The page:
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I wrote earlier about a Star Party here in Sweden, now I have been on a second one this year, the MAK or Mariestad Star Party.
I took some photos from the party and wrote some text to it for all people that couldn't visit the party, you can see them here:
There is also some photos from the travel to the party and back home.
I hope some of you can visit Sweden in the future.
The 28th annual Grand Canyon Star Party (GCSP) will be held June 9 through 16, 2018, in northern Arizona's Grand Canyon National Park. GCSP is an annual collaboration between the National Park Service and astronomers from around North America and often the world to bring astronomy outreach to Park visitors. New Moon will be June 13, mid-week, making giving us dark skies for most of the week while providing a few days of crescent moon for the visitors on the last few nights.
Amateur astronomers with a telescope and love of the sky to share, and the interested public of all ages, are invited to experience the beautiful Arizona nights in an exploration of the heavenly Grand Canyon skies. Not an astronomer? Drop in for an unforgettable and fabulous vacation for families, singles, and seniors.
GCSP will be held concurrently on both the North and South Rims. Visitors to the park are free to show up at their leisure, and observe through any or all telescopes. Astronomers choosing to set up for the event need to register in advance with the appropriate coordinator below. The South Rim can accommodate 80 or more telescopes, and we have not had to limit South Rim attendance thus far. The ten or so North Rim slots on the Lodge veranda, however, usually are accounted for by the end of February.
In general, volunteer astronomers should pre-register with the coordinator for the Rim they wish to join. Astronomers are responsible for securing their own lodging, and, due to the nature of the venues for both rims, telescopes generally need to be set up and taken down each night. Please see the North Rim site for unique arrangements for that venue. For the South Rim, we have space reserved for larger instruments, and a second reserved area at the entrance for live video setups, that may be left in place for the duration.
Visitor attendance at the Grand Canyon National Park has increased by 50% over the last four years, and lodging has become difficult to get less than four or five months in advance. In fact, Trailer Village has been filled for the June event as early as January for the last two years. If you are planning to attend, make reservations at the earliest opportunity. Accommodation information can be found at the web sites below.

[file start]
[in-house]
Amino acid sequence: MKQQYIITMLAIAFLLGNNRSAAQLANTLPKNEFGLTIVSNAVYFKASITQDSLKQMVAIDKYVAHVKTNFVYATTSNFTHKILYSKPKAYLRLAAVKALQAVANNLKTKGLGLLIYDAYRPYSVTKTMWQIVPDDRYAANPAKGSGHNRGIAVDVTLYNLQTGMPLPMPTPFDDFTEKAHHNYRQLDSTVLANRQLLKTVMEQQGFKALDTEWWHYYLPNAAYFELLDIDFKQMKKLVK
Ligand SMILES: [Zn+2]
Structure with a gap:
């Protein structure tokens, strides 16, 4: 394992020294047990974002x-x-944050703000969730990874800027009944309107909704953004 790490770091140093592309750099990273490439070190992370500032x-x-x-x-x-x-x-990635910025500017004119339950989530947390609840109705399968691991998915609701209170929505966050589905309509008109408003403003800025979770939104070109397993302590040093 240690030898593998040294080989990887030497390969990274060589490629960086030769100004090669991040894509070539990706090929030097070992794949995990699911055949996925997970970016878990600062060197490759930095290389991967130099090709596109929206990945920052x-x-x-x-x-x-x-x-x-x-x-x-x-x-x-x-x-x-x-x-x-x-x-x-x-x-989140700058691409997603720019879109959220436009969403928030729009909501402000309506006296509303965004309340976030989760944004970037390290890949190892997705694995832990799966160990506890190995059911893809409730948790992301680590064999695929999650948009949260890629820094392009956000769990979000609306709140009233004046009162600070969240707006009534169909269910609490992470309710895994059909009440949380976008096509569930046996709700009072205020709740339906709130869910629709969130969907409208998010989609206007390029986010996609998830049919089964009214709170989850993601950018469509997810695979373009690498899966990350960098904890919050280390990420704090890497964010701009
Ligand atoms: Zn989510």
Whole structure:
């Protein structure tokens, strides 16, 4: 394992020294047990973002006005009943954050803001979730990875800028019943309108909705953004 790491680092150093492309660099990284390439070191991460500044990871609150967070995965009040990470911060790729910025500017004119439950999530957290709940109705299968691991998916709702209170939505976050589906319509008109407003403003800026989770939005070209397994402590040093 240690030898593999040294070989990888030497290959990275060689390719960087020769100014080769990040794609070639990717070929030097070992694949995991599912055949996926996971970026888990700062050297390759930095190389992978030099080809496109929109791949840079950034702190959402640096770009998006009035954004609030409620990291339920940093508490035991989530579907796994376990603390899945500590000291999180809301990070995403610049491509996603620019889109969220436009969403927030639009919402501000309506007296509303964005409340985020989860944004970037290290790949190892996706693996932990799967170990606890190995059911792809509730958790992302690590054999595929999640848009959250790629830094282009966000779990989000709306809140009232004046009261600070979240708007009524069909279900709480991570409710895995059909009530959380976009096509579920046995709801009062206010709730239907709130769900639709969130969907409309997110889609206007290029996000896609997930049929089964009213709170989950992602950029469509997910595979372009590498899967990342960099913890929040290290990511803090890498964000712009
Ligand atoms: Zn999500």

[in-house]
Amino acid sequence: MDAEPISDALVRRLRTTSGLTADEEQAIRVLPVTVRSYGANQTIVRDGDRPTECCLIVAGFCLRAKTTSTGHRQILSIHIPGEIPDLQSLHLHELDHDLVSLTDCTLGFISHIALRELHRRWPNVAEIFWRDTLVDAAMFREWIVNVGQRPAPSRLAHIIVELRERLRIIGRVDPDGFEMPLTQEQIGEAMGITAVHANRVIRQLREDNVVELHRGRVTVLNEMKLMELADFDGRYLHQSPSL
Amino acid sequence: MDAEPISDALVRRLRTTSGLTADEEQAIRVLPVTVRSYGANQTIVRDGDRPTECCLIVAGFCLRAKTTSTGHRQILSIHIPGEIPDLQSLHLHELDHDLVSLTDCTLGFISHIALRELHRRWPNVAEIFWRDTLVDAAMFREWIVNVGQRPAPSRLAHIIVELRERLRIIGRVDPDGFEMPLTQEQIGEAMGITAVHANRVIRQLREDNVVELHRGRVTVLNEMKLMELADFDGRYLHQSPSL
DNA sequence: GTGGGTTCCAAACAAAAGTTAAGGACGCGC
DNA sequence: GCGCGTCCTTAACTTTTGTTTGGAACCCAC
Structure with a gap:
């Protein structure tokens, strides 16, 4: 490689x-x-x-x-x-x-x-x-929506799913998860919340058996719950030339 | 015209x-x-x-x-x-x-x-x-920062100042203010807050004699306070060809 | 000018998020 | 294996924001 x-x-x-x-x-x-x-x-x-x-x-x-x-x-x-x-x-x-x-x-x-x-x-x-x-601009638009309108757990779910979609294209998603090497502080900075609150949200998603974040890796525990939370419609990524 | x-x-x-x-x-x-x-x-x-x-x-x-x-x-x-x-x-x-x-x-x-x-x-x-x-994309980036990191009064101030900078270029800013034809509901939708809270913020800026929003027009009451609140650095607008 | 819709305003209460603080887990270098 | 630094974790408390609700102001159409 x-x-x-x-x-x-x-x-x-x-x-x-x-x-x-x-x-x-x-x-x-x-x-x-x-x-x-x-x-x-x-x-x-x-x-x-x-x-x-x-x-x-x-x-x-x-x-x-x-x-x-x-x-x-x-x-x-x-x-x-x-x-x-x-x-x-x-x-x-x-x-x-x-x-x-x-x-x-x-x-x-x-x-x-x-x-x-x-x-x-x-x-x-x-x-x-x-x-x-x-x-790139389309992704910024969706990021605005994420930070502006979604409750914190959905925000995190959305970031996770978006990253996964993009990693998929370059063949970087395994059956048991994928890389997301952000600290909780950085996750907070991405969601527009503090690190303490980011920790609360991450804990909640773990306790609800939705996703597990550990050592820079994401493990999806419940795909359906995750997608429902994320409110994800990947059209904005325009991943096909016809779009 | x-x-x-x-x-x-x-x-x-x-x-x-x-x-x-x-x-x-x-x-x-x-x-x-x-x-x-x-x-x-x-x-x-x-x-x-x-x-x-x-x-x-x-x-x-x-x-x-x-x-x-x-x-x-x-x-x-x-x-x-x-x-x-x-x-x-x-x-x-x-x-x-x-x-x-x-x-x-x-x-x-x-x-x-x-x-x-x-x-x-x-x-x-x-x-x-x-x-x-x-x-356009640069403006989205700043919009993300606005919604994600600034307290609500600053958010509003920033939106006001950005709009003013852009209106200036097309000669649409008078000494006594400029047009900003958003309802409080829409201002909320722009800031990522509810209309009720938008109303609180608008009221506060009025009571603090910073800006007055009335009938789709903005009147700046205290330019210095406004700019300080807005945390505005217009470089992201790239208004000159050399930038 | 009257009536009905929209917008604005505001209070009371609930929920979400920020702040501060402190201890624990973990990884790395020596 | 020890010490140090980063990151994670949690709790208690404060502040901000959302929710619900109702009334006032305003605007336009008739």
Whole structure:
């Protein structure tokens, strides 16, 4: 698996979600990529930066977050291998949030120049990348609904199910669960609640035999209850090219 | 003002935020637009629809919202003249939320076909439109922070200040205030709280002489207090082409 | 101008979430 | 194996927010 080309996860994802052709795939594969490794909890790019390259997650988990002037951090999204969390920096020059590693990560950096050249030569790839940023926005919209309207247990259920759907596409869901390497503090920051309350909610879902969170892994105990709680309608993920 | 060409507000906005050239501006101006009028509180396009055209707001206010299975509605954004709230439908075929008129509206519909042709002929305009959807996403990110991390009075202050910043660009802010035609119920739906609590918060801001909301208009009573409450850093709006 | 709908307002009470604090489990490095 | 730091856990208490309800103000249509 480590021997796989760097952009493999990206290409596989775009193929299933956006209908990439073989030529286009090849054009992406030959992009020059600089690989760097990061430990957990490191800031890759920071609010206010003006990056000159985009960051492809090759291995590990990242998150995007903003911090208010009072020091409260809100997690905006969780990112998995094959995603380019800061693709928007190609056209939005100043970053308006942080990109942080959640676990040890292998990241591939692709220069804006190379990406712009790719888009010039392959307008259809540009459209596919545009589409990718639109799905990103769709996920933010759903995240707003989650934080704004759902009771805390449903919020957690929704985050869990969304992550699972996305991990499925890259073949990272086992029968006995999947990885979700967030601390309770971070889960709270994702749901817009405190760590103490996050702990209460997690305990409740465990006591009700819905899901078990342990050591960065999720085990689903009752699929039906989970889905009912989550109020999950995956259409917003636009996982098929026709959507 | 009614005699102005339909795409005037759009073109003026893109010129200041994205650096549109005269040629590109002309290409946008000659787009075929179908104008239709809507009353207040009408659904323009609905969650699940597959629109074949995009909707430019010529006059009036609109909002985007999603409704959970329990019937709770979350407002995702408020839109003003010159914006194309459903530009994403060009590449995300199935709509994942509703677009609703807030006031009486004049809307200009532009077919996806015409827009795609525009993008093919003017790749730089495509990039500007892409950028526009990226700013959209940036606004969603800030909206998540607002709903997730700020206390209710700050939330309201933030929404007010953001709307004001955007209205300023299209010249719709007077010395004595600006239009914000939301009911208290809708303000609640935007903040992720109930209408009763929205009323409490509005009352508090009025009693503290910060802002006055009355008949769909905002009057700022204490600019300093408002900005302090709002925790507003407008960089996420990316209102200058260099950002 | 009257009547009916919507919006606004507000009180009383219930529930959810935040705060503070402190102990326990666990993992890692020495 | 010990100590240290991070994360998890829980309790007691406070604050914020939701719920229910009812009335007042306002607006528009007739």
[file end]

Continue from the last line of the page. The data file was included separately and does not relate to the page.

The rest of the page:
At the South Rim component, over the past several years the day time outreach has grown significantly, with daytime hands-on demonstrations on astronomical topics at the Main Visitor Center and occasionally in the Bright Angel area, indoor demonstrations at the visitor center, and solar, lunar, and planetary observing during the day around the park. Also at the South Rim, at the Visitor Center theater we will have a variety of nightly presentations by a great group of speakers as the twilight deepens.
Web sites and contact information are shown below. Please contact Steve for the North Rim, or me for the South Rim, if you are interested in attending or for questions you might have.
Coordinator, North Rim, Grand Canyon Star Party
53750 W. Prickley Pear Rd.
Maricopa, AZ 85239
E-mail: fester00 [at] hotmail.com
Coordinator, South Rim, Grand Canyon Star Party
P.O. Box 457
Cortaro, AZ 85652
E-mail: gcsp [at] tucsonastronomy.org
Phone: 520 546-2961
Event: Chiricahua National Monument Star Party
Date: Saturday October 21, 2017
Location: Chiricahua National Monument, 37 miles Southeast of Willcox, AZ, about 5400 feet elevation
Weather: Clear skies, low 90s at home in Marana, AZ about 140 miles Northwest of the park at 2:00 PM, about 70 at the park at 5:30 PM, dropping to upper 40s around 9:30 PM when we left.
Seeing: and Transparency: Seeing very steady, transparency generally good with some high stratus due to merging contrails from late afternoon west-bound Los Angeles air traffic.
Equipment: 10” f/10 Meade 2120 SCT operating at f/5 (1270mm) for deep sky, Celestron AVX mount, Mallincam Xterminator live video camera, QFX 19" LCD 12V monitor, Werker deep cycle 100 amp-hour power supply with A/C inverter.
The TAAA provided Jim Knoll, Dean Ketelsen, Paul Williamson, and myself to set up telescopes to support a public night under the stars, part of the Chiricahua National Monument (CNM)’s efforts to achieve International Dark Sky Park status. Jim did the heavy lifting in setting up the event and visiting the site to choose a setup site.
CNM is a picturesque combined prairie and brushy high desert area at over 5,000 feet elevation and about forty miles from urban light sources, a combination giving it very dark skies along with favorable transparency. Humidity for the two days I was in the area was under 10%, helping provide a clear access to the exoatmospheric realm. CNM is rightfully called, quoting from its web site, a "Wonderland of Rocks", waiting to be explored. The 8-mile paved scenic drive and 17-miles of day-use hiking trails provide opportunities to discover the beauty, natural sounds, and inhabitants of this 11,985 acre site including the Faraway Ranch Historic District with plenty to discover more about the people who have called this area home. The quality of the night sky here, with the cooperation of the climatology, weather cooperates, gives great skies for exploring the full environment at this dark sky site.
OK, on with the show. The location is about a two hour drive from home, and then back again. I wasn’t sure how long we’d have visitors since the event was advertised in the area as well as there being a campground within the property. I needed to be there early enough to set up my scope as well as check out the Bonita Campground Amphitheater for a sunset talk I was requested to give, so I was looking at a pretty full day and late night so to be safe, I planned to drive home the next morning and got a room in Willcox. The star party was coincident with several major events in Willcox including a wine festival, the Boulder Dash Trail Run, art classes and festivals, all of which had most of the motel rooms in town booked a couple of months in advance but I was able to reserve one six weeks in advance.